WASHINGTON - Scoring a rare win over credit unions, the banking industry persuaded a judge here to reject liberal readings of the law requiring an institution's members to share a common bond.

In a May 31 decision, U.S. District Court Judge John H. Pratt said the National Credit Union Administration overstepped its authority when it allowed Communicators Federal Credit Union to expand its membership to anyone over 50 years old living or working within 25 miles of Houston.

In the case, brought by the Texas Bankers Association in July 1994, the judge said the agency's broad interpretation of a common bond rendered the limitation meaningless.

Using such standards, the NCUA "could allow those in their 20s or those under 40 or even left-handed individuals to join credit unions merely because people in these demographic groups allegedly share common concerns," Judge Pratt wrote in his 15-page decision. Congress never intended the NCUA to permit an "unguarded back door to credit union membership."

The proposed expansion could have exploded Communicators Federal's membership by nearly half a million people - or 13 times its current size.

NCUA General Counsel Robert M. Fenner said the agency is weighing whether to appeal.

This is the first such loss for the agency, which has won a string of common-bond cases on a separate question: whether existing, though unrelated, groups may be included in a credit union's membership base.

On that question, Judge Pratt sided with NCUA in September 1994 in the case brought by four North Carolina banks over the expansion of AT&T Family Federal Credit Union.

In the new case, #94-1650 at the U.S. District Court for the District of Columbia, Judge Pratt also supported NCUA's decision to allow Communicators Federal to add seven unrelated occupational groups. As he ruled in the AT&T case, the judge deferred to NCUA's opinion that unrelated groups - each with a common bond among its members - may be added to a credit union's field of membership.

Judge Pratt said he accepted this "multiple group policy" because courts must defer to regulatory agencies when the law is "ambiguous."

But Judge Pratt drew the line there, ruling - just a month after he heard oral arguments in the case - that NCUA may not allow credit unions to concoct a common bond.

Michael Crotty, the American Bankers Association's chief litigator, called the decision "a glorious victory" that "destroys the myth of invincibility: The government speaks, the government wins.

"Not anymore," Mr. Crotty said.

"The credit unions have been pushing the outer edge of the envelope," Texas Bankers deputy general counsel Kelly Rodgers added. "What Pratt's ruling does is define the edge of the envelope for them."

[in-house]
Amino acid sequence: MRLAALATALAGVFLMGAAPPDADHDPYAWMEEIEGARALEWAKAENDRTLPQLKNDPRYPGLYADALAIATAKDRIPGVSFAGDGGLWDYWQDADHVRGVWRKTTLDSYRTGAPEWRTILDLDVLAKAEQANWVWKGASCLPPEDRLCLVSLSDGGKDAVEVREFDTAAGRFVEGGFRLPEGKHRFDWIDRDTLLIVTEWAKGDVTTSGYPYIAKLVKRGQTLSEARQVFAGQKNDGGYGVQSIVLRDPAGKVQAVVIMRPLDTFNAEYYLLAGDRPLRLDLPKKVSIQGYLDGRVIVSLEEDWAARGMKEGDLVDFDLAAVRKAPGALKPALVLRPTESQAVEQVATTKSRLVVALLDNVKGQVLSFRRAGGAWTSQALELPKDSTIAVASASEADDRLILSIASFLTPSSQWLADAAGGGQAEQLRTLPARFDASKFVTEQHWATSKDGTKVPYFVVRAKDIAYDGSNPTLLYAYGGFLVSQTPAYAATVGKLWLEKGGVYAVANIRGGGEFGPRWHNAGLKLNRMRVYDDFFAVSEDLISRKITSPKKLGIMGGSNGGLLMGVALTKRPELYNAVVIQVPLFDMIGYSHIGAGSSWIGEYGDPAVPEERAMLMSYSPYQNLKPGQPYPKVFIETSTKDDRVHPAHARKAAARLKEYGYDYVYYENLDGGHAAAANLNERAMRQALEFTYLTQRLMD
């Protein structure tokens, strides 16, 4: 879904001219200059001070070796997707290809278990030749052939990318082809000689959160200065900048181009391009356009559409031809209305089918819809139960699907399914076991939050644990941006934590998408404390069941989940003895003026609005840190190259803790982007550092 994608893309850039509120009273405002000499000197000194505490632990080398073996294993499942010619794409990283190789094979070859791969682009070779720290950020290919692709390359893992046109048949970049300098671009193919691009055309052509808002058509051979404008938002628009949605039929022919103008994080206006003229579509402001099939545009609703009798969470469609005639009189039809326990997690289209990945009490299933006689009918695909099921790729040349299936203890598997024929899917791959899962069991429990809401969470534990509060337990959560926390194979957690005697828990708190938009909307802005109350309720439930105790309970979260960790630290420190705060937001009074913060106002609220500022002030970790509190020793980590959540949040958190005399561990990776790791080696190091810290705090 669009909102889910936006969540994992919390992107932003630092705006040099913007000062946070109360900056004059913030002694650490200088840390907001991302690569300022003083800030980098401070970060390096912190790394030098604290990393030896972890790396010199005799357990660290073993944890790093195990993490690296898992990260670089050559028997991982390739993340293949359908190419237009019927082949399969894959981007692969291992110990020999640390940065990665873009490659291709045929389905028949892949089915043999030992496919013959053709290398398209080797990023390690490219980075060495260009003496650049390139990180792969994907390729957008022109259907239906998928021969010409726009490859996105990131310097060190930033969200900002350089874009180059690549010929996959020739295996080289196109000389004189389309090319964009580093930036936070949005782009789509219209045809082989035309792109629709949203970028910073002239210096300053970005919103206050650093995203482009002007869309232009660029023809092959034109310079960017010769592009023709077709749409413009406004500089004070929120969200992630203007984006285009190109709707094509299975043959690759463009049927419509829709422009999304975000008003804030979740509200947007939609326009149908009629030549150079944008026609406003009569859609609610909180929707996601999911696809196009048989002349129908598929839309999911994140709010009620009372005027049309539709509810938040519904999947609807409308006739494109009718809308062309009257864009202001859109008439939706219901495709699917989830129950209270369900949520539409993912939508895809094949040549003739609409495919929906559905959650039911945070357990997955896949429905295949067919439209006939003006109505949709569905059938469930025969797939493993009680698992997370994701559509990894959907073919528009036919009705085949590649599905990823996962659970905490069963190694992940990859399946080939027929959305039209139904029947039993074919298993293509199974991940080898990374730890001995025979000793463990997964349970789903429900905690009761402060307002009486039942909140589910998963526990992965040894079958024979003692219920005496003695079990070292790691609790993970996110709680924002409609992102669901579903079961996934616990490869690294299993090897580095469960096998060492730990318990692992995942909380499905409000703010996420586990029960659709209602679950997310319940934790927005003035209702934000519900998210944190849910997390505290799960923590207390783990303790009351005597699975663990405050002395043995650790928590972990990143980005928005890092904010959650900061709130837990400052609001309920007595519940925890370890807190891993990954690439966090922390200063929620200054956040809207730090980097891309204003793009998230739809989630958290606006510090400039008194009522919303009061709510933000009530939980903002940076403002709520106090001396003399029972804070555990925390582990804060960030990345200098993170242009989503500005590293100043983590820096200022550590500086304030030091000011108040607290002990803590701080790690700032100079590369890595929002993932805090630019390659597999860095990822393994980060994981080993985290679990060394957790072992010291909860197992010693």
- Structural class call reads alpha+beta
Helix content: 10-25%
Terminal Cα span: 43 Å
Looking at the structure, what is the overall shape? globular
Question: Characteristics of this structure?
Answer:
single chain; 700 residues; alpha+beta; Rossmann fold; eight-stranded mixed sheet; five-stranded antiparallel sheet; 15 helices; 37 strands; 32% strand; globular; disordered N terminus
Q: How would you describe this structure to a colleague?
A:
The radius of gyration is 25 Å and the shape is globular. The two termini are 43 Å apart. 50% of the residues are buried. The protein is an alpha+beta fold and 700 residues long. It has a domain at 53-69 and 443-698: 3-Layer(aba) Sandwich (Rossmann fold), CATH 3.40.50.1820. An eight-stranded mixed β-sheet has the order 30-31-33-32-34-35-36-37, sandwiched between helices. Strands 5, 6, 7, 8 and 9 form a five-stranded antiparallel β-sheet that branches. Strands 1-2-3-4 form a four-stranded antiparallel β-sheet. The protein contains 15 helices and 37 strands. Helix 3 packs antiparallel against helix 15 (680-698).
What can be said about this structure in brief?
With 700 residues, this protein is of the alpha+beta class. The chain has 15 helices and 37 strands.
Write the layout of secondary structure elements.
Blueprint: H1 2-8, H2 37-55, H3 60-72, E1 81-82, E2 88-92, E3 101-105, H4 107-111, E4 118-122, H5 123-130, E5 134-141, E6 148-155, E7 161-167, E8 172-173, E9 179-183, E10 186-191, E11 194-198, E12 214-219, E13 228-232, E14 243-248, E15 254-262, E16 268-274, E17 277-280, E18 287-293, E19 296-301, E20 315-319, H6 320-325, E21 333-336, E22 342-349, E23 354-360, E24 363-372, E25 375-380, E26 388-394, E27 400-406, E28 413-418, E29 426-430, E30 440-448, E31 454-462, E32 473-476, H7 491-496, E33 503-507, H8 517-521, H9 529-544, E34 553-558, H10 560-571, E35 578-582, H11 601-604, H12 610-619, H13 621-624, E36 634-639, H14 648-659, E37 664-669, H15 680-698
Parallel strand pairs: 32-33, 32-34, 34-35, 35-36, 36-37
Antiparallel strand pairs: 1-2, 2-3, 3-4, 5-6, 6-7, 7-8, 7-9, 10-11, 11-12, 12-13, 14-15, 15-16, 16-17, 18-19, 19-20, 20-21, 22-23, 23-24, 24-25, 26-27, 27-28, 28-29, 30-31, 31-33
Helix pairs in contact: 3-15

In this case, Communicators Federal set up a group called "Credit Union Link" and anyone over 50 living or working within 25 miles of Houston could join.

The judge insisted potential members have a natural association to qualify for the common bond exemption.

"An association...must have a common interest, activity, or purpose beyond that of securing access to credit unions," he wrote.

NCUA argued that people over 50 in a particular area share common concerns. But Judge Pratt disagreed.

"The NCUA has attempted to justify the addition of so large and varied a group of senior citizens on the basis of its so-called 'senior citizen/retiree' policy," Judge Pratt wrote.

In 1984, NCUA adopted a policy of encouraging credit unions to accept local senior citizens. However, Judge Pratt noted that the NCUA acknowledged then that simply authorizing federal credit unions to serve local senior citizens "may not meet the statutory requirement of an occupational or associational common bond."

Communicators Federal may not accept any new 50-plus members, but the $98 million-asset credit union will be allowed to keep the 2,500 who have already signed up. Communicators Federal's original sponsor was Southwestern Bell Telephone Co., but it now serves 93 different groups with a membership of 38,283.

Mr. Fenner praised the part of Judge Pratt's decision that upheld NCUA's authority to allow credit unions to add other unrelated groups.

"This policy is important to bring credit union service to more Americans," he said. "It is also crucial to protect credit unions and the...insurance fund by diversifying credit union membership."

The Credit Union National Association also focused on the positive news.

"The court has again recognized that the Federal Credit Union Act was drafted to encourage widespread credit service - not to protect banks from competition," said CUNA president Ralph Swoboda.

Ms. Rodgers said Texas Bankers will appeal this aspect of the decision, hoping to convince a higher court that the NCUA should not be permitting credit unions to accept unrelated groups.

Subscribe Now

Access to authoritative analysis and perspective and our data-driven report series.

14-Day Free Trial

No credit card required. Complete access to articles, breaking news and industry data.